Pro mountain biker Katerina Nash discusses cycling career and more
Spoke n' Word
It’s no secret that the Truckee-Tahoe area is a breeding ground for world-class athletes. I recently had a chance to catch up with one of Truckee’s finest and#8212; professional cyclist Katerina Nash of the Luna Women’s Mountain Bike Team.
As we spoke, Katerina was catching a flight to Europe to attend two World Cup mountain bike races, one in her native country, Czech Republic, and the second in Italy. She will then compete in Mountain Bike World Championships in Switzerland.
Q: How has your season been going so far?
A: and#8220;It’s been a somewhat quiet season so far, with some bad luck and mechanicals, early on, but I’m going well now and shooting for some top-five finishes in the coming races.and#8221;
Q: How does racing in Europe on the World Cup circuit differ from racing in the U.S.?
A: and#8220;The laps are shorter in Europe. We typically do five laps in a World Cup race. This makes it more spectator friendly, and more fun for the riders as the venue is packed with fans cheering for their favorite rider.and#8221;
Q: What result(s) are you most proud of this season?
A: and#8220;I won a bronze medal in Cyclocross Worlds early this year. Marianne Vos, Katie Compton and I rode away from the rest of the field. In the end, Vos surged for the win and#8212; it was like she had another gear and#8212; and Katie and I fought it out for second and third. It felt great to ride with the best cyclocross athletes in the world.
and#8220;Winning the Nevada City Classic was also a highlight. I love doing local races. At Nevada City, I was going for the primes (prizes given mid-race as the riders lap the course), and kept getting beat by more experienced road racers. With four laps to go I decided it would be best for me to try to get away on the hill. I was able to ride away solo for the win by a margin of 1 minute, 20 seconds.and#8221;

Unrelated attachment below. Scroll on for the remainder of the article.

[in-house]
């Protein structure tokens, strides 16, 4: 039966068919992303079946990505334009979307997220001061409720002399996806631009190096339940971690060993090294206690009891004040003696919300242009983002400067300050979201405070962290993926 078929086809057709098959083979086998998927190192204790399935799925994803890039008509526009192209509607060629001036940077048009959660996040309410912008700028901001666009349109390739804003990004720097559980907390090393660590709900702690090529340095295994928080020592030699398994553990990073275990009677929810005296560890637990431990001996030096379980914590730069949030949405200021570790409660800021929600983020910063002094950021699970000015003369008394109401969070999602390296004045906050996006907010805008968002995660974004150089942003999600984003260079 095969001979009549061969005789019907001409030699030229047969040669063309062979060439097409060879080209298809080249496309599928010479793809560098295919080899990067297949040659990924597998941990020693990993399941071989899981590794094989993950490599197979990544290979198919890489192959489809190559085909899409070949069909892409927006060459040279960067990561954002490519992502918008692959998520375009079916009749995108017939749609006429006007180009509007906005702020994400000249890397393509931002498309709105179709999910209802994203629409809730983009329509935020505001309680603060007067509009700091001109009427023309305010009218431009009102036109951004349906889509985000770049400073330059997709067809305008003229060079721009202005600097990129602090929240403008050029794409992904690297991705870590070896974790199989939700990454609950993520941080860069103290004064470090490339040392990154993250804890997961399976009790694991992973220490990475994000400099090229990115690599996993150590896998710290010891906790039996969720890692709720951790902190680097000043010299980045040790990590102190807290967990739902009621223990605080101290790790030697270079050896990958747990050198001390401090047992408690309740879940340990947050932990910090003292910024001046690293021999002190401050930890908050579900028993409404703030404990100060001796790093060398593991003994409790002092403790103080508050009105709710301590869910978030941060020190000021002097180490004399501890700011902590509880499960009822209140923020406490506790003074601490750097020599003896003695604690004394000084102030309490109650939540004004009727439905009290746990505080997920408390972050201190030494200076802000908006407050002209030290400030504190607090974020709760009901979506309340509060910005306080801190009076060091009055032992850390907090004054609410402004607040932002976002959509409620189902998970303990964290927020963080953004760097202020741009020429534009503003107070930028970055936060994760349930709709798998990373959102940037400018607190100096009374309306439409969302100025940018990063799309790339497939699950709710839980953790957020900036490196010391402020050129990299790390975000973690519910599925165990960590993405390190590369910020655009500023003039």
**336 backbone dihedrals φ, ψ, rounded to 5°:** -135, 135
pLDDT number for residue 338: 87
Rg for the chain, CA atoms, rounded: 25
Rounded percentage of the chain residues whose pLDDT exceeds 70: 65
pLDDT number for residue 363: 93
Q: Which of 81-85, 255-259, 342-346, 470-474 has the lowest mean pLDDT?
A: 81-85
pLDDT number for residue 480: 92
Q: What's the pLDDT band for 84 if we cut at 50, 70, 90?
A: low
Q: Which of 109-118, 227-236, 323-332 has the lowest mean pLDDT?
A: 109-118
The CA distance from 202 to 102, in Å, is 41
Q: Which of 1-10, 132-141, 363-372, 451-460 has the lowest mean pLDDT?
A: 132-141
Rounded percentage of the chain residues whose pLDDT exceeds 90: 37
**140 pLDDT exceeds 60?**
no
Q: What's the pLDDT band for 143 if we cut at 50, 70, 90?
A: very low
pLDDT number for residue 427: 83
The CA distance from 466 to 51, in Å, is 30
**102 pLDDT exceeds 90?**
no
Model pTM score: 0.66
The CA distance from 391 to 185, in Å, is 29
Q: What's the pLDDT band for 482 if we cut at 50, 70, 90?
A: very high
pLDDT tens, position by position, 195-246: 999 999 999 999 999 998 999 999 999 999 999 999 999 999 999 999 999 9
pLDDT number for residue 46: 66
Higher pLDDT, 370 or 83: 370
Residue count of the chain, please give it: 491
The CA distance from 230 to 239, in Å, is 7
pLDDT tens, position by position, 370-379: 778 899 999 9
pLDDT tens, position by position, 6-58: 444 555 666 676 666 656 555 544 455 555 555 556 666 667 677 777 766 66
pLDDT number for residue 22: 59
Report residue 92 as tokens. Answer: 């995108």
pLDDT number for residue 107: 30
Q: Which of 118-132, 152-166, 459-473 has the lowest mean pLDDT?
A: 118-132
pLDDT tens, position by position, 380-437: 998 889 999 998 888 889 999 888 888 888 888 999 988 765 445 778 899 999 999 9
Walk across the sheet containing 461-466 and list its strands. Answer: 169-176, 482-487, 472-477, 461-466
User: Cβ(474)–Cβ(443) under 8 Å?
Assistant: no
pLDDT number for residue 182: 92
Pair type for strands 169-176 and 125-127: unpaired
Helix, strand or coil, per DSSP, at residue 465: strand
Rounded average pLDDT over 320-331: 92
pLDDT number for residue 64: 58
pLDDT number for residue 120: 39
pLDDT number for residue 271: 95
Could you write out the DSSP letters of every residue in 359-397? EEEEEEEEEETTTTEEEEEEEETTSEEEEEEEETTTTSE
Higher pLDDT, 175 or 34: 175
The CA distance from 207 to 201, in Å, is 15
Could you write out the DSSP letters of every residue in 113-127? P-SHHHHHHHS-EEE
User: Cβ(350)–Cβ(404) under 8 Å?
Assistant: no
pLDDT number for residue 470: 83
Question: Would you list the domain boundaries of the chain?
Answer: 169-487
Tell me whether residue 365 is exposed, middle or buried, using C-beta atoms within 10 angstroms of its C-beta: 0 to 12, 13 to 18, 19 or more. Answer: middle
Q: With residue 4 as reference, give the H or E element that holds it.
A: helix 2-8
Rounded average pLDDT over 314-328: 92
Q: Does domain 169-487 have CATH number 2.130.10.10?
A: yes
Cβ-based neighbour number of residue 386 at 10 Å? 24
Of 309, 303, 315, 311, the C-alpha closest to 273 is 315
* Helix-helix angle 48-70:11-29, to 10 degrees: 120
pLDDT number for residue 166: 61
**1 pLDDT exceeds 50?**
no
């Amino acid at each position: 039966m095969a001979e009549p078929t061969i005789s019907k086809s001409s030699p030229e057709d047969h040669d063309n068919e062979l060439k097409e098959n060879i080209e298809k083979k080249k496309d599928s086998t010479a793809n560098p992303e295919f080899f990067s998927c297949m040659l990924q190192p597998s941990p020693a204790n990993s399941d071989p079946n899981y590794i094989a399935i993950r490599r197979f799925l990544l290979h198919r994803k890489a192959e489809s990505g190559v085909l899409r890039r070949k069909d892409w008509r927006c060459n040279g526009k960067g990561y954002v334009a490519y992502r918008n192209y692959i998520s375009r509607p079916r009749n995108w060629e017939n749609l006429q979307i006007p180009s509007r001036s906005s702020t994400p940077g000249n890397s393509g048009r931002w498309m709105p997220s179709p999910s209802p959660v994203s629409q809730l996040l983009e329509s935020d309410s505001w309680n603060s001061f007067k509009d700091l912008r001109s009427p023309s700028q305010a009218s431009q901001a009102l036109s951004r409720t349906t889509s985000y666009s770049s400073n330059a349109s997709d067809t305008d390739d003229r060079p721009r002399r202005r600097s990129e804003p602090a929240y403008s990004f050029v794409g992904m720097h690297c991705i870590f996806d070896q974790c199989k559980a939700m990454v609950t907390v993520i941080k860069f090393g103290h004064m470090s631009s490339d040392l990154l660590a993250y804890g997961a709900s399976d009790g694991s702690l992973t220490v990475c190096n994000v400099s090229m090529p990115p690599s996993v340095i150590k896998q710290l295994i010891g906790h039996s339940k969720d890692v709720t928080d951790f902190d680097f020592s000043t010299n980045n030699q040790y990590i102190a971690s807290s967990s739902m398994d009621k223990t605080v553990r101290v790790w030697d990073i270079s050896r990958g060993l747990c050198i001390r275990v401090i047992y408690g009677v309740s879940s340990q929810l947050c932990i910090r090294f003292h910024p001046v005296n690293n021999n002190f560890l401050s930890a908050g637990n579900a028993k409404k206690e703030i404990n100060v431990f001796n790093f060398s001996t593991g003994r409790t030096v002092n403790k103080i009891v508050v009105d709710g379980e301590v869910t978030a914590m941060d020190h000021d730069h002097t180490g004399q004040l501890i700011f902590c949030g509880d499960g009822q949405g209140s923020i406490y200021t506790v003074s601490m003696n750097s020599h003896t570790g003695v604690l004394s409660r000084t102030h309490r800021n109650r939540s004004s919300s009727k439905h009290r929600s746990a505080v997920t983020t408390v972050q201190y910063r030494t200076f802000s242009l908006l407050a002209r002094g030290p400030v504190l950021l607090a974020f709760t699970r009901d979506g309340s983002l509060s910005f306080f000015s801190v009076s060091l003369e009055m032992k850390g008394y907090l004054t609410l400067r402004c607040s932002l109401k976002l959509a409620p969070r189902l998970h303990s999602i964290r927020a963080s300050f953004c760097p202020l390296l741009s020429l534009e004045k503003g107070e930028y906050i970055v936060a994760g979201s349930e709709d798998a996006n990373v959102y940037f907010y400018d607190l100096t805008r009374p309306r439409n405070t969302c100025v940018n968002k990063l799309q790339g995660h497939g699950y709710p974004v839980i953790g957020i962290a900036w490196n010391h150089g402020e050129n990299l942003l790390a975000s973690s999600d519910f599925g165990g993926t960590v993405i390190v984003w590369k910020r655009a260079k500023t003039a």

Q: What are your long-term aspirations in cycling and in life?
A: and#8220;I want to keep riding as long as my grandmother. She’s 82, and still uses the bicycle as her primary mode of transportation. She is my inspiration. I want to continue to explore the world. I have a degree in marketing, but I’m not sure what to do with it yet (laughs). I want to live a good life, and influence people to live healthier and have more fun.and#8221;
Q: Why is Truckee a special place to live?
A: and#8220;I love the community feeling, the friends I’ve made over the years, the mountains and the weather. Most professional cyclists choose to live in warmer climates to train during the winter, but I prefer living in the mountains. I can ski in the morning, then head to the foothills, or Reno to train in the afternoon.and#8221;
Q: What do you like to do when you are not training for 15 hours per week?
A: and#8220;I love skiing of all kinds, spending time with my husband (Marcus Nash), hiking, camping, barbecue with friends. Our dogs, Lola and Rubi (named after local peaks Mt. Lola and Rubicon), join us on most of our adventures as they share our passion for the outdoors. Then they fall asleep on the couch!and#8221;
Q: What is the biggest challenge of being a professional cyclist?
A: and#8220;Having to say no to fun activities with friends when they don’t fit into my training regimen. It happens often, but I try to find a balance, mixing training on the bike with other fun lifestyle activities.and#8221;
Q: What advice would you give to aspiring female cyclists?
A: and#8220;Find a good, supportive group to ride with. Cycling is a social sport, and it’s safer and more fun to do with friends.and#8221;
Q: Will you be focusing on making it to the next Olympics?
A: and#8220;Yes, making it to the Olympics next summer is a focus for me, and I am hoping that everything will line up for me to make the team and race.and#8221;
and#8212; Team rider Paul McKenzie is the author of this week’s Marc Pro-Strava Racing column. For more information, results and upcoming events from the team, visit http://marcpro-strava.com.